Questions and conspiracy theories as Wuhan emerges from lockdown
Tian Xi says he still can’t get the sound of the screams out of his head. It was about noon on February 4, and he had volunteered to help deliver medical masks and other supplies in the central Chinese city of Wuhan as part of the fight against the coronavirus pandemic. As he entered one residential compound with a delivery, four men in full protective medical gear carried a black body bag downstairs, followed by two wailing women. Their cries were piercing and hysterical, he said. The men loaded the body into a van, which had several others already inside. More than two months later, he says he wants to forget that day, but the memory and the shock of the moment stays with him. “I don’t wa
Exodus from Wuhan after 11 weeks of lockdown
Tens of thousands of people in Wuhan are traveling out of the central Chinese city of Wuhan, the first epicenter of the coronavirus outbreak, after a monthslong lockdown was lifted on Wednesday.  Many are heading back to their workplaces in other Chinese towns and cities, after the epidemic turned a weeklong Lunar New Year family reunion into a citywide lockdown that lasted 11 weeks. An estimated 55,000 people left the city by train alone on the first day the railways reopened, heading to all parts of the country, from Shanghai to Beijing and Shenzhen to Chengdu, according to the local railway authority.  More than 100 commercial flights also took off from the city, the first departures sin
Chinese county locked down amid fear of second coronavirus wave
A county in central China has been put under total lockdown as authorities try to fend off a second coronavirus wave in the midst of a push to revive the economy. Curfew-like measures came into effect on Tuesday in Jia county, Henan province, with the area’s roughly 600,000 residents told to stay home, according to a notice on the country’s official social media account on Weibo. After months of restrictions to contain the spread of the coronavirus, China has reported a decline in domestic cases of Covid-19, the disease caused by the virus. On Wednesday, the country reported 36 new infections – all but one imported cases. Chinese leaders are eager to restart the economy, but have been wary o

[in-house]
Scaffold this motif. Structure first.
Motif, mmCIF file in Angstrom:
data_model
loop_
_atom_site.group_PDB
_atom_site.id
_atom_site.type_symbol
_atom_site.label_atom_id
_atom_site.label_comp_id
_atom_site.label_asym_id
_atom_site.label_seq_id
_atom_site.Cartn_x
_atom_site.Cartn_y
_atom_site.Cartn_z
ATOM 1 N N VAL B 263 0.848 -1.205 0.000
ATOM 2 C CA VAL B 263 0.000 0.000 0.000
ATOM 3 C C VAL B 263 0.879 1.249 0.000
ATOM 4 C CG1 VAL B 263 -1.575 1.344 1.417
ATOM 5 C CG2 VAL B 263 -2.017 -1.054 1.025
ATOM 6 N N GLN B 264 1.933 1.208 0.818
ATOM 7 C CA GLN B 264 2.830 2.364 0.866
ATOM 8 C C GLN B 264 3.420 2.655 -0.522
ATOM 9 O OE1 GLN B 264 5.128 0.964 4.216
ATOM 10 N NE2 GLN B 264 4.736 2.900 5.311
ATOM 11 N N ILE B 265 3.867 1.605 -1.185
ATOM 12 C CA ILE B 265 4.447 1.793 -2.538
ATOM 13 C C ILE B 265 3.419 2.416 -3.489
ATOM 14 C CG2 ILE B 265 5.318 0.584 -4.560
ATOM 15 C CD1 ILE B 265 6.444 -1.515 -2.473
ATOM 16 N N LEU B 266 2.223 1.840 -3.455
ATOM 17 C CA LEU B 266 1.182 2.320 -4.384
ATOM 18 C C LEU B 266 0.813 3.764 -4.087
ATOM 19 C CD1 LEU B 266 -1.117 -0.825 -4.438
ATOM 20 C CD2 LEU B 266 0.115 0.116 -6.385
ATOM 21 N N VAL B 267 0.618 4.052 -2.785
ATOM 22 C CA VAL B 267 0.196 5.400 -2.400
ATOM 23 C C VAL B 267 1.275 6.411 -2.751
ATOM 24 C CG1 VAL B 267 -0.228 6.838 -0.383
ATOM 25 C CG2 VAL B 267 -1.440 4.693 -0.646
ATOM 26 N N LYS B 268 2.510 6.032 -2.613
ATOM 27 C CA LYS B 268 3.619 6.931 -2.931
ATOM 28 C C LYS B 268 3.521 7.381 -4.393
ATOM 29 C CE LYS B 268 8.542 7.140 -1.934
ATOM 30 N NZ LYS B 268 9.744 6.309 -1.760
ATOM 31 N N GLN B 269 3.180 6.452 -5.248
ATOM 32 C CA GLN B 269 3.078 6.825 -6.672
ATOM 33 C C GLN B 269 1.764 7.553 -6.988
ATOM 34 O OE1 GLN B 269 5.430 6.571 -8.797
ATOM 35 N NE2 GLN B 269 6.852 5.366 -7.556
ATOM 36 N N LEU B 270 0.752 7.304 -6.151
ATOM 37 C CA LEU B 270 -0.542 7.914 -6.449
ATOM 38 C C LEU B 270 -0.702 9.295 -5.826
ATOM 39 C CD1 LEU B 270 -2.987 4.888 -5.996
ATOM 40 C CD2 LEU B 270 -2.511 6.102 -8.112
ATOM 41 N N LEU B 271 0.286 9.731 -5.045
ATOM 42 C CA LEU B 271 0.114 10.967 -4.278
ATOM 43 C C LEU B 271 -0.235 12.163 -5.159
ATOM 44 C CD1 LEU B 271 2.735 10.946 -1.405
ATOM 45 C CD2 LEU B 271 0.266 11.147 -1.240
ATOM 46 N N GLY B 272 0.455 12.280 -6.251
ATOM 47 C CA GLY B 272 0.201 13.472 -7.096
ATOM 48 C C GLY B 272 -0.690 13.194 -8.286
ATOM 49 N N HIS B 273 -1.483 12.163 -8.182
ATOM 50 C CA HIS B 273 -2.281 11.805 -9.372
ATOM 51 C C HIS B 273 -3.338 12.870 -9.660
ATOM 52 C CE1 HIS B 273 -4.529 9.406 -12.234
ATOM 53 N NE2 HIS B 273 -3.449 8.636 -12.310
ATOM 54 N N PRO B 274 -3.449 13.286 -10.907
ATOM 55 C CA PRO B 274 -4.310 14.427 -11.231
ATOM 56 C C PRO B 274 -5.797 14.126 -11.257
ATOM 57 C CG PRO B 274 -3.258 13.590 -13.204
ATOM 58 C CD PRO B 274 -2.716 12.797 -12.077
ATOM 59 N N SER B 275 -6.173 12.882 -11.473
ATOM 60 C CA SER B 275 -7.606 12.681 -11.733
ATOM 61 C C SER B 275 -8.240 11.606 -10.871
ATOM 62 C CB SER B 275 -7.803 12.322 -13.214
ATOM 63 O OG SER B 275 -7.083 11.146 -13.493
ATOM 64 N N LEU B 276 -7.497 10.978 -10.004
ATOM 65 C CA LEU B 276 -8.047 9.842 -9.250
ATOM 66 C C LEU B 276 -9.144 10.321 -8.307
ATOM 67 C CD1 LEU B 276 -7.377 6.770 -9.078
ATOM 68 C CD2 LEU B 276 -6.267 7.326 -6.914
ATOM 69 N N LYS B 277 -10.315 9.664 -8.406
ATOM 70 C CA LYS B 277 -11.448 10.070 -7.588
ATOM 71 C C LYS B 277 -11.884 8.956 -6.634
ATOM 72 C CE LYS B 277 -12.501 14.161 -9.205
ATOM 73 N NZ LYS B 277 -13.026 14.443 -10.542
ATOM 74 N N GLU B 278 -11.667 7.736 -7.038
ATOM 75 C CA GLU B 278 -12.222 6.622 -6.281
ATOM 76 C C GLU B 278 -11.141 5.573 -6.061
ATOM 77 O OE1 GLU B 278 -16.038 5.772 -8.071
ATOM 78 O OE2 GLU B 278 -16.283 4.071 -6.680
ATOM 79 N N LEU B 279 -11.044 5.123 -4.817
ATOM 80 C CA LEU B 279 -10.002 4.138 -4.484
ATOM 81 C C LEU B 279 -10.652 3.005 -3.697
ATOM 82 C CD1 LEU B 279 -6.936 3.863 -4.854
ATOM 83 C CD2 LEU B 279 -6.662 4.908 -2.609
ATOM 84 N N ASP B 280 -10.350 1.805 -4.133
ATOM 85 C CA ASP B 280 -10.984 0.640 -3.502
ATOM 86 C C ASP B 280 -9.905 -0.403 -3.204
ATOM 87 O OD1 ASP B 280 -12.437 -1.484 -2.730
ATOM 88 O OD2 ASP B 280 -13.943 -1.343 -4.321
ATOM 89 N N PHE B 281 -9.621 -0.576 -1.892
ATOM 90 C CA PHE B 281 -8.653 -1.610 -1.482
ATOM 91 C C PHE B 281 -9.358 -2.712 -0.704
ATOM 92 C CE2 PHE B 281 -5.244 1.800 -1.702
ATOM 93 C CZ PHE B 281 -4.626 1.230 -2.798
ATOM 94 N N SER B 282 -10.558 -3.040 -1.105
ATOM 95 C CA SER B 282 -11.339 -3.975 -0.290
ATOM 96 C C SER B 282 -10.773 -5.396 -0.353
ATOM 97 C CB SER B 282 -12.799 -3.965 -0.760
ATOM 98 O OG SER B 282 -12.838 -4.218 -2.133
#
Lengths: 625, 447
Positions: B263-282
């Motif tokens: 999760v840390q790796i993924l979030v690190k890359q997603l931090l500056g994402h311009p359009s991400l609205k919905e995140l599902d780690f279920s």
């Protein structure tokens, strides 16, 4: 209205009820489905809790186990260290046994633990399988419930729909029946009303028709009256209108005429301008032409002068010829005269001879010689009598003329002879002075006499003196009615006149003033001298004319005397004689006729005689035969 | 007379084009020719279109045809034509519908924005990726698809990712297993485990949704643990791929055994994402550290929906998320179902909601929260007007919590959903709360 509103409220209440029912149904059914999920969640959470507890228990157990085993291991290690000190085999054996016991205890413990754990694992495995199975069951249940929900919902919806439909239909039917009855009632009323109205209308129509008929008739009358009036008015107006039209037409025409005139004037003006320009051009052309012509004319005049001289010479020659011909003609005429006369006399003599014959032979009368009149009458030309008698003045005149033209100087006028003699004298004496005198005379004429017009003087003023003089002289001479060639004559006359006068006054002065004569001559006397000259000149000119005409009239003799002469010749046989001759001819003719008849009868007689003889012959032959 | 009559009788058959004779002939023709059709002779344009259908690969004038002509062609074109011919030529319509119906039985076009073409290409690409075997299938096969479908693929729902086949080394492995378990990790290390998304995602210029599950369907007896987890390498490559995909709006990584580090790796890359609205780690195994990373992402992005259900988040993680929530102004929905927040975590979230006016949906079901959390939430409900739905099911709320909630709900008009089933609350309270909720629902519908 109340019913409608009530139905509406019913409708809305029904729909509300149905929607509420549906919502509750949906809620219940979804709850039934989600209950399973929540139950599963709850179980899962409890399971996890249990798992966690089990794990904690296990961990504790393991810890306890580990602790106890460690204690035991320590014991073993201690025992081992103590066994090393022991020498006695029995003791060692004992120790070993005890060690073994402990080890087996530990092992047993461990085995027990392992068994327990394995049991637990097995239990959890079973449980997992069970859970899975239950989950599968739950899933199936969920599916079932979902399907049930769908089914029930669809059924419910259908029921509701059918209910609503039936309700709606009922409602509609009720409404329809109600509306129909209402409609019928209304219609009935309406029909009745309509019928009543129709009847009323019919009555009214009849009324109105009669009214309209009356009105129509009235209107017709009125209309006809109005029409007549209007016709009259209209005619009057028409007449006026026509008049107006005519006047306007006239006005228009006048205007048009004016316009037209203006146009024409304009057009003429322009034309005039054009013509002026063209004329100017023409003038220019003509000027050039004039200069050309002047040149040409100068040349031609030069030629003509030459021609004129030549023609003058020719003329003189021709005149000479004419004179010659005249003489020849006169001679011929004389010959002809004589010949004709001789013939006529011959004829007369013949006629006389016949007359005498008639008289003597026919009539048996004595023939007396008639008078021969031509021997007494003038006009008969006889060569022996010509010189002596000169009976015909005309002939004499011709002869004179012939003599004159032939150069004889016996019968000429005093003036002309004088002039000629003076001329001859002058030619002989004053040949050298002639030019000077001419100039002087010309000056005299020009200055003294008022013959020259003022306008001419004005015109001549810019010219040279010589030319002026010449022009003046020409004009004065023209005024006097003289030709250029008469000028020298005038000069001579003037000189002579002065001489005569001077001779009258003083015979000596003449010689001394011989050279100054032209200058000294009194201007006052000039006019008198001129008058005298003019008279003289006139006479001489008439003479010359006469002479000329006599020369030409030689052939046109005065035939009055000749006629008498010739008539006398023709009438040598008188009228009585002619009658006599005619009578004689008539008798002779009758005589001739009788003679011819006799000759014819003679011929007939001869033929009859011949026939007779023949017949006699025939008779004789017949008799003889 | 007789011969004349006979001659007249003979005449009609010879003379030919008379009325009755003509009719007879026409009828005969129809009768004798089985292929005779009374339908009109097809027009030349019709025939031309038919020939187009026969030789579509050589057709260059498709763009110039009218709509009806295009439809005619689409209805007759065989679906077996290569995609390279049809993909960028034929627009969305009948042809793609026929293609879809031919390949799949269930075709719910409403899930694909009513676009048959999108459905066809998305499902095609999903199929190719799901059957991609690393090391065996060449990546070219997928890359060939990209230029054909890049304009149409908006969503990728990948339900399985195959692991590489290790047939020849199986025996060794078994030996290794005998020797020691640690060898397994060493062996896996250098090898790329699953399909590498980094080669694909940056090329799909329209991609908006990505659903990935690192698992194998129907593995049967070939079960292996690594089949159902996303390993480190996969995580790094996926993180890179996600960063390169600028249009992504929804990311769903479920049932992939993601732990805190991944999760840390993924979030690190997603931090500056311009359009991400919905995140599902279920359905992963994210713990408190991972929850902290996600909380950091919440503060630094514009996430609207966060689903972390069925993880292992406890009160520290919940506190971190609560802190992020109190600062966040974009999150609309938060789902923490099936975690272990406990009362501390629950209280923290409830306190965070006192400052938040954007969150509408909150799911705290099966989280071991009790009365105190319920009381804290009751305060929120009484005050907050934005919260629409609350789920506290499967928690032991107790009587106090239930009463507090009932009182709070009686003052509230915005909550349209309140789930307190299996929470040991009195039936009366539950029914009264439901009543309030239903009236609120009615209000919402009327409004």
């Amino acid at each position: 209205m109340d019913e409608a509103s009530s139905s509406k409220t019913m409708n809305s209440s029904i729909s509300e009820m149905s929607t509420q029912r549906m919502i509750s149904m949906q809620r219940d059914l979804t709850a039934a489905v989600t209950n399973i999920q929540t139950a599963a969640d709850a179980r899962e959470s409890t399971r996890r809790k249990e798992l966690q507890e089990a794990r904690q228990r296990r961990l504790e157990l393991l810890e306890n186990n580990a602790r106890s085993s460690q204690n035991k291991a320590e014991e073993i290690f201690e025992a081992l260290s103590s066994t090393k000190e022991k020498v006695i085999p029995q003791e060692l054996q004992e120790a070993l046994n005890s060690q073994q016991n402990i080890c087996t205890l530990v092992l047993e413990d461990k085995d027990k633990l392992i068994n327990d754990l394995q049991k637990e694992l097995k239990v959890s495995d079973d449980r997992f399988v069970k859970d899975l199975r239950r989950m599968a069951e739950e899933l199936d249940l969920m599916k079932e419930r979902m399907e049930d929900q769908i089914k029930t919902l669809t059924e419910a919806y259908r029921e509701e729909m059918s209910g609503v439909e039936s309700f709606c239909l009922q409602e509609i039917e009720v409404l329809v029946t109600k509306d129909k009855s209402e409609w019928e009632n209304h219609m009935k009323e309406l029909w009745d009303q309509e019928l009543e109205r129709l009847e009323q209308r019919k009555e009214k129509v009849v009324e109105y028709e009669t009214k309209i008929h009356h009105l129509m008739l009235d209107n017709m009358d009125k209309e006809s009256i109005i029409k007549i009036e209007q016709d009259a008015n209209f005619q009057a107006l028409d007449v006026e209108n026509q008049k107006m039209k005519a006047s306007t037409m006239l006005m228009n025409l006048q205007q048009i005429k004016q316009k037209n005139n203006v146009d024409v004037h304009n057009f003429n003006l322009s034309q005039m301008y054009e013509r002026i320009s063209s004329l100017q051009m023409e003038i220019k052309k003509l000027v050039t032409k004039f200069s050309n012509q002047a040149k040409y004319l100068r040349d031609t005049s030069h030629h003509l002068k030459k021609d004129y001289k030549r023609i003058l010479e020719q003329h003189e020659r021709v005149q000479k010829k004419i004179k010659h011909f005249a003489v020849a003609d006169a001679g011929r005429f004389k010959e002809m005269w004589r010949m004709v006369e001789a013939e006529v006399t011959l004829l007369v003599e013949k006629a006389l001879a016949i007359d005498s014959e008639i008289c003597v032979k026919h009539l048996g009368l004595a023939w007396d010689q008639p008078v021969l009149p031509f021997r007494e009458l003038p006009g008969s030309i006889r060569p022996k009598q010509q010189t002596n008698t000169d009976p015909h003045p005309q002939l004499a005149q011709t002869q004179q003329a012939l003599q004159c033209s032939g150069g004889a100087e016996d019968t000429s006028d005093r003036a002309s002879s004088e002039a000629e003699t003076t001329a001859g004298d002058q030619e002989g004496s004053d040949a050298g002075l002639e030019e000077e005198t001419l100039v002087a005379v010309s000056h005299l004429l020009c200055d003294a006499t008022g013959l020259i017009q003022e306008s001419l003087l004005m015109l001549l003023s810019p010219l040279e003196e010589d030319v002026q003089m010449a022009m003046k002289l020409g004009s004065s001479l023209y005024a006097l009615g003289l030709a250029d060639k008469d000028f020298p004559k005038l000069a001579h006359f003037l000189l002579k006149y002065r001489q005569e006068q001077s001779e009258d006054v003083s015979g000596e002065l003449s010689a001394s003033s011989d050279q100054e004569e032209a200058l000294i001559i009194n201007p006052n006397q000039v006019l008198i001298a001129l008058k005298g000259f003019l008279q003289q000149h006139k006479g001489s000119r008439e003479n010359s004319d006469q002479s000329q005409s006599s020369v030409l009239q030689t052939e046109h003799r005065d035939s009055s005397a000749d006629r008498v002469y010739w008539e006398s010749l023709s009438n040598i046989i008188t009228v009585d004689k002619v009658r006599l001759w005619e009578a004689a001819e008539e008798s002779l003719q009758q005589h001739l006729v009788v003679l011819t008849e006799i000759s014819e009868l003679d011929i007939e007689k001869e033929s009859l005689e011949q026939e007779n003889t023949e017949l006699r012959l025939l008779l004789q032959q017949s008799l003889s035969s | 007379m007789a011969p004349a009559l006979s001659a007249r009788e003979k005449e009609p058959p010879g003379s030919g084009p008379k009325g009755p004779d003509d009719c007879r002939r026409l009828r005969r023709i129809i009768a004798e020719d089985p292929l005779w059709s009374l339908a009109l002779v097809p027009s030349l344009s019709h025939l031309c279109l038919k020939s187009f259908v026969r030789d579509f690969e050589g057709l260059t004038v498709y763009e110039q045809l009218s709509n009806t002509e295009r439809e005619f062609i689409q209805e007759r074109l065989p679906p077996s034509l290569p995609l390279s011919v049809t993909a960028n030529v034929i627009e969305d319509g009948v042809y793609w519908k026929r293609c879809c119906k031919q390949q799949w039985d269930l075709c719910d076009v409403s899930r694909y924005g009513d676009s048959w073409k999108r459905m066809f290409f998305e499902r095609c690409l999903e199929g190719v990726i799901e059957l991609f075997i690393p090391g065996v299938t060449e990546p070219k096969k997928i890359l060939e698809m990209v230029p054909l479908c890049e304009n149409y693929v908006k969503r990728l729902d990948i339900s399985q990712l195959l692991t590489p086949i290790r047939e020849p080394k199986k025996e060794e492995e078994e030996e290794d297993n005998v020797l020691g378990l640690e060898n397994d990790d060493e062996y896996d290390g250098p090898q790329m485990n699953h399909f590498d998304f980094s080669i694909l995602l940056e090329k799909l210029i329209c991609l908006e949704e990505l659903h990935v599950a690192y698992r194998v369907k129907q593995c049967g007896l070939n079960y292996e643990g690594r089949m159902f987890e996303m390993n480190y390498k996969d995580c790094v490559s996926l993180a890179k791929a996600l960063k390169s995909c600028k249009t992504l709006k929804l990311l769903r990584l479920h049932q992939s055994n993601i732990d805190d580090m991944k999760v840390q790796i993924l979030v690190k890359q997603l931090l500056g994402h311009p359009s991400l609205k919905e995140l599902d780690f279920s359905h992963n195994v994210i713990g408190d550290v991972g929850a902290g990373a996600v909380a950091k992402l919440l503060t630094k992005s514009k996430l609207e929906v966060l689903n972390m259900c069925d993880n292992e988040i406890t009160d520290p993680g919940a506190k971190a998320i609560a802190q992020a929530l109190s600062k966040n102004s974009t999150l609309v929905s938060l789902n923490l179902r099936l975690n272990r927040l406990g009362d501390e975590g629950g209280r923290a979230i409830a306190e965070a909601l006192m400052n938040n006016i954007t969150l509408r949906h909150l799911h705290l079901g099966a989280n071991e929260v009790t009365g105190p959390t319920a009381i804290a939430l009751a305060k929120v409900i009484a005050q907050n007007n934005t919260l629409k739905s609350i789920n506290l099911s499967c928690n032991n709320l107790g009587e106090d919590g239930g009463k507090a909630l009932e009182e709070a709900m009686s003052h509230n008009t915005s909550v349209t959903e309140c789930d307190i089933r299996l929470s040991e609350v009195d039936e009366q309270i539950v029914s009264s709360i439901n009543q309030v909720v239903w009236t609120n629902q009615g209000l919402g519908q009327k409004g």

Inside China’s race to sell coronavirus testing kits to the world
As the horror of the coronavirus outbreak in China was unfolding over January’s Lunar New Year holiday, a group of technicians were holed up in a Nanjing facility with a supply of instant noodles, working long hours to develop testing kits for diagnosing the virus. Already at that point, the coronavirus had ripped through the city of Wuhan and was spreading rapidly around China. A handful of diagnostic tests had already been approved by the central government in Beijing, but hundreds of firms in China were still scrambling to develop new ones. “I did not think about applying for approvals in China,” said Zhang Shuwen, founder of Nanjing Liming Bio-products. “The application takes too much ti
Slowly and cautiously, China begins to get back to normal
After nearly two months of lockdowns, strict quarantine rules and travel restrictions, life is slowly returning to normal in China as the coronavirus outbreak – which has infected more than 81,000 people and claimed more than 3,200 lives in the country – starts to wind down. Workers are gradually returning to their jobs and there is at last relief for medical staff on the front line, as the number of new patients falls and the condition of others improves. Schools, factories, public spaces and tourism destinations are starting to reopen.  In northwestern Qinghai province, which mostly sits on the Tibetan plateau, China’s first batch of 144 high schools and secondary vocational schools reopen